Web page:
The picture is still bright for Television

Philadelphia Inquirer (21 March 2003)

by Tom Moon

For the last decade or so, the enormously influential '70s band Television has mounted small, irregular little tours seemingly according to whim. The band, revered for the twin lead guitar attack of Tom Verlaine and Richard Lloyd, hasn't had new records (or even major reissues) to hawk since the eponymous Television came out in 1992, and its principals have been busy producing records and doing other music projects. "We are," Lloyd says proudly, "completely out of the capitalist marketing thing. Lots of bands say they don't care, but Television is the only one I know that truly doesn't care."

Still, the faithful continue to turn out to see Television, the band with a tiny output by today's standards - just three full-length studio efforts - that has been credited with shaping the sensibilities of several generations of rockers, from U2 to the Strokes to current New York faves the Yeah Yeah Yeahs.

Lloyd, reached as the band was gearing up for a tour that will bring Television to the TLA Sunday, has a hunch about the enduring appeal.

"When we play together, nobody knows who's going to do what," he said last week from his home in New York City. "It's like seeing a Maserati on city streets. Everybody turns and looks, you can't take your eyes off the car. You know it's capable of doing 220 [m.p.h.], and it's not. But you're looking at it because it could. With us, you've got two guitars, and don't know which side is going to go off, what might happen. That's worth looking at."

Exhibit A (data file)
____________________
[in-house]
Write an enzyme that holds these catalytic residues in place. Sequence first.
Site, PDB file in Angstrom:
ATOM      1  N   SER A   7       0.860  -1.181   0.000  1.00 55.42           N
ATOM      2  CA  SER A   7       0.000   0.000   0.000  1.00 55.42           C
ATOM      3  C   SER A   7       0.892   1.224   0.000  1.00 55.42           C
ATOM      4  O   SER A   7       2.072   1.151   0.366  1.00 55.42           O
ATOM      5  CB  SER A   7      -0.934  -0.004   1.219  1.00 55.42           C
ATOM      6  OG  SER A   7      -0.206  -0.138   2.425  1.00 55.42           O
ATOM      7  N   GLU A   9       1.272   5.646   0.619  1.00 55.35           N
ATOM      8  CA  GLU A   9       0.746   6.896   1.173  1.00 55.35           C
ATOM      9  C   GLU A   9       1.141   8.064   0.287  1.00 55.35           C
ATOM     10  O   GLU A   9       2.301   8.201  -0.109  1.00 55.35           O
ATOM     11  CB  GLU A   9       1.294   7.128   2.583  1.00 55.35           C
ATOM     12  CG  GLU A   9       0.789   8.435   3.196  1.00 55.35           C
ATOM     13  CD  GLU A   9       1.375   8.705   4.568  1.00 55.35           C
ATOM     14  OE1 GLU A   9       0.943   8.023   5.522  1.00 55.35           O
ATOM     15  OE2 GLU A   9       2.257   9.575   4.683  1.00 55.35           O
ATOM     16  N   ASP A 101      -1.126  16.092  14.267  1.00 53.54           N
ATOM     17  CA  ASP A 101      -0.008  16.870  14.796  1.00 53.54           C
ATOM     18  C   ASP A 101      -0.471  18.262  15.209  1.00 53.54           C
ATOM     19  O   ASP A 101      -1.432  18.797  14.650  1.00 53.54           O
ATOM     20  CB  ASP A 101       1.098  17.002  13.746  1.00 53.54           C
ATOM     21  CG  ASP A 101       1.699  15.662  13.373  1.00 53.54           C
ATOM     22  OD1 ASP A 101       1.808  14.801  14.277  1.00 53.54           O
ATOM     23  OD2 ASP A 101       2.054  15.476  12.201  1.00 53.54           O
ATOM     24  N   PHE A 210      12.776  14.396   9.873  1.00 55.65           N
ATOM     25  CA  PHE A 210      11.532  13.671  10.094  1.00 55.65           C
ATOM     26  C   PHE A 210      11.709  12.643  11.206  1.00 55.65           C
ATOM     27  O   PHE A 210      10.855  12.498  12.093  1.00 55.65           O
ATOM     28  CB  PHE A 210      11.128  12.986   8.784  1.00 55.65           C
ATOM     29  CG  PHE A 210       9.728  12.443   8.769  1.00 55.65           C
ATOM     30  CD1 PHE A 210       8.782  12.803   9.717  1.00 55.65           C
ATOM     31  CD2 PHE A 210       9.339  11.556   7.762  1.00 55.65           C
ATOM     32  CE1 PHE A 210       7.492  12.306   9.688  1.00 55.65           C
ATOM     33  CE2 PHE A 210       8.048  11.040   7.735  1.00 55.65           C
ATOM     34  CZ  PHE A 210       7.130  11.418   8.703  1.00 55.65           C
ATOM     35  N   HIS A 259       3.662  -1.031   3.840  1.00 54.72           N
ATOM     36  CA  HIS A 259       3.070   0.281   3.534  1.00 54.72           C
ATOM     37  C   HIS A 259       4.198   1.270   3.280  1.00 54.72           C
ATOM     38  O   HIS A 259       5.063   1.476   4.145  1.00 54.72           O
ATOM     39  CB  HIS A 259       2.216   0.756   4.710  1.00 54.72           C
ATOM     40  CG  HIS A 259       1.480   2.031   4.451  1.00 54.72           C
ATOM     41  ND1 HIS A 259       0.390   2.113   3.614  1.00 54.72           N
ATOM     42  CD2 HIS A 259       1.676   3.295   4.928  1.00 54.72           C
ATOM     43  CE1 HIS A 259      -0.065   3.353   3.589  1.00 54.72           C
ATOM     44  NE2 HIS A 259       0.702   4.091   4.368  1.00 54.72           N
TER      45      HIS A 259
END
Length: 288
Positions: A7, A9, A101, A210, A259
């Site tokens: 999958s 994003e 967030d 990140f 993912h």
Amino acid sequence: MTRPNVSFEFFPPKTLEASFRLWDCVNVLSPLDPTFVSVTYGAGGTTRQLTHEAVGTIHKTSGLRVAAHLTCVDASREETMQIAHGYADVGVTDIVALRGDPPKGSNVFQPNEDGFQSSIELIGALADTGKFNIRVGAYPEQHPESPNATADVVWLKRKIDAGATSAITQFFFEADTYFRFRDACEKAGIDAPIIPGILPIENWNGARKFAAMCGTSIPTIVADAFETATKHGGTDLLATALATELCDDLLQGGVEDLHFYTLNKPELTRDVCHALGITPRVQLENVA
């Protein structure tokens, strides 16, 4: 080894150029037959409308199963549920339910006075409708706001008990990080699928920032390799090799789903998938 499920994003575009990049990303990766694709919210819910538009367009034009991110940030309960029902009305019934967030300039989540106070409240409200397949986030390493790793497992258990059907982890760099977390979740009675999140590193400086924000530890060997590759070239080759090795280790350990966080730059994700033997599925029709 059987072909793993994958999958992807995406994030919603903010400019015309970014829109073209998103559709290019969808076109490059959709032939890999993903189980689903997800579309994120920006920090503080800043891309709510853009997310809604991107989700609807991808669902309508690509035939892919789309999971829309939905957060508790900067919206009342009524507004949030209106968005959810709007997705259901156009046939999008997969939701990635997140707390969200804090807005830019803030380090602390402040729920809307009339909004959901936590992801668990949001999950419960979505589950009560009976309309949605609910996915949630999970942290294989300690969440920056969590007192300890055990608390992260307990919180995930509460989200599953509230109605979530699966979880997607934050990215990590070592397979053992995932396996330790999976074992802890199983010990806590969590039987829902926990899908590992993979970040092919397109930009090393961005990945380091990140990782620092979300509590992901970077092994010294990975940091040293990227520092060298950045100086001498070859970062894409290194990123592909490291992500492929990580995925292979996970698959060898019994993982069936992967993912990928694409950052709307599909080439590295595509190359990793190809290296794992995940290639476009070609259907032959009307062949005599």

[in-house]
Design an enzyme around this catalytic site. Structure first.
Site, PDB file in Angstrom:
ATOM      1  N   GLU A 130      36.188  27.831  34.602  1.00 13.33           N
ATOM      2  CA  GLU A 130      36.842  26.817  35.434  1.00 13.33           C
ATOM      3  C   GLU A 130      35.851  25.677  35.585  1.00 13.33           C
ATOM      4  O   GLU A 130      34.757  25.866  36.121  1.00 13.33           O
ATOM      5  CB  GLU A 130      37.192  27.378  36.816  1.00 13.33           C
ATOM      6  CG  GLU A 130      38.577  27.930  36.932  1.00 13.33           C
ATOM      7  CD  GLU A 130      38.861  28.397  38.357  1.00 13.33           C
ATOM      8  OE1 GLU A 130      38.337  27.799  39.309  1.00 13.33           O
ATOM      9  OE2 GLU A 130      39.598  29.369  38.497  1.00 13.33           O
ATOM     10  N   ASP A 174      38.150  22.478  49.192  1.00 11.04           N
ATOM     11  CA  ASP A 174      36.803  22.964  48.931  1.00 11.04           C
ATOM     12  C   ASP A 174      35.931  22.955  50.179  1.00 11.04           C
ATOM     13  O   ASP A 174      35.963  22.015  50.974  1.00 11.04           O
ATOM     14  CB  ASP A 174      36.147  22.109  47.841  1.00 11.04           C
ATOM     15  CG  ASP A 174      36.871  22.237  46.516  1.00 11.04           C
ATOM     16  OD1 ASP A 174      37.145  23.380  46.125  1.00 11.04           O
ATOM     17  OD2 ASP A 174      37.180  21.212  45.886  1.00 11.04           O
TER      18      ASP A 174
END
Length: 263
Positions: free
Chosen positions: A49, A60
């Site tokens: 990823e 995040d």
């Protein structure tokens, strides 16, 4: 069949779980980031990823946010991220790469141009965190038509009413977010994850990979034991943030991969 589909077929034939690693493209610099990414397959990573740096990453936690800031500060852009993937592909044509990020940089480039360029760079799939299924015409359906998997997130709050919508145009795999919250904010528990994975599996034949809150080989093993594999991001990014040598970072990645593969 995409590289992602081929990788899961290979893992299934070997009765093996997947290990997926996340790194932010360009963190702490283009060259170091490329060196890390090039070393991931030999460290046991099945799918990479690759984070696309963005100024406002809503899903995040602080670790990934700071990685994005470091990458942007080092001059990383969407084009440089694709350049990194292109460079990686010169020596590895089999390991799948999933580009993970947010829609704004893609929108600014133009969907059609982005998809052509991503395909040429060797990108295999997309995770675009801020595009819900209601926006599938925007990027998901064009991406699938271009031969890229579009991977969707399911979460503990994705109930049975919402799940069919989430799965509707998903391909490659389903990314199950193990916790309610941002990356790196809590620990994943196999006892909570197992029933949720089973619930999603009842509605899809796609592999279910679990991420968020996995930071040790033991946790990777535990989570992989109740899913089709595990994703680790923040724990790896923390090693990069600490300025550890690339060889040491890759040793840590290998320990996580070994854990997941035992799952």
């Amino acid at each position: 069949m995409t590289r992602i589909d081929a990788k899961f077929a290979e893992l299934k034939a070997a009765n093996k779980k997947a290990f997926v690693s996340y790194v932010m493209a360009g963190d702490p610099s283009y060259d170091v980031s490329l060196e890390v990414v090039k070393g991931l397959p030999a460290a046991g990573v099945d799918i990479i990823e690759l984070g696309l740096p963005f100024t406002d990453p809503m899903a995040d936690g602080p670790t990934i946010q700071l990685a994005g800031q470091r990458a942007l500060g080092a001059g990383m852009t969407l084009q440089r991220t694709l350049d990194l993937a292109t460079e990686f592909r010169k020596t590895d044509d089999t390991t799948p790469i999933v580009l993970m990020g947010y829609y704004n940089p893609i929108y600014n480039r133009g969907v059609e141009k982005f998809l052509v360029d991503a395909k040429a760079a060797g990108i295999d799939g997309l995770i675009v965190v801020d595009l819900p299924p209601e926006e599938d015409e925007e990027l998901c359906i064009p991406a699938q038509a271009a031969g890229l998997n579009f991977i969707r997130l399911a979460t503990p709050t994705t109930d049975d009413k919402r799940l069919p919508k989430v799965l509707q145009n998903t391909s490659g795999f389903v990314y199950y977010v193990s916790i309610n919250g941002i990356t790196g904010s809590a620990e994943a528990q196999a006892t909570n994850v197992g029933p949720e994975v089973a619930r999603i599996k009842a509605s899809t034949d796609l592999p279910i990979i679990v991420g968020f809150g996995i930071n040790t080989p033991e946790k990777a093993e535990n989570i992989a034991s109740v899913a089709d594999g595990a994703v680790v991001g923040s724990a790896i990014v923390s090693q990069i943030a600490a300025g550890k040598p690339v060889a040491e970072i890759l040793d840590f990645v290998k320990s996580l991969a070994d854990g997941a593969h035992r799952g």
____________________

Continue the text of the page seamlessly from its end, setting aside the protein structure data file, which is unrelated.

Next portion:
That two-guitar attack, which Lloyd describes as "seamless, like passing sand from one hand to the other," has grown more intricate over the years, as the four musicians (including Billy Ficca on drums and Fred Smith on bass) have matured. But it was the driving force behind the band's transcendent 1977 debut Marquee Moon, one of the few unassailable classics of New York punk. Lloyd says that though the musicians weren't thinking in terms of creating a classic when they recorded it, they did have a clear idea about the sound.

"One of the things we talked about then," he recalls, "was resisting production. Almost de-producing. We didn't want anyone to muck up. It was a time when people were adding everything. Without knowing it at the time, we were insisting on capturing the band as it actually was. You listen to the very first Doors record, it was done in a couple of days and it's very simple. It has its own integrity. I think Marquee Moon has that thing, too. We were clinging to honesty."

Asked what's changed about the live show over the decades, Lloyd says the band does more new material "to please ourselves" than it used to. And, he adds, the current Television is much steadier than it was in the early days, when its shows were plagued by the usual rock vices (drink, drugs, etc.), and as a result tended to be erratic. "The roller coaster is not so evident anymore. We're relaxed. The intuitive sense of musical interplay is better. We're not one of those bands they trot out now and again and nobody's been playing - all four of us are deeply into music and really busy..... That makes it nice to fall back into the band. There's less train wrecks, more competency."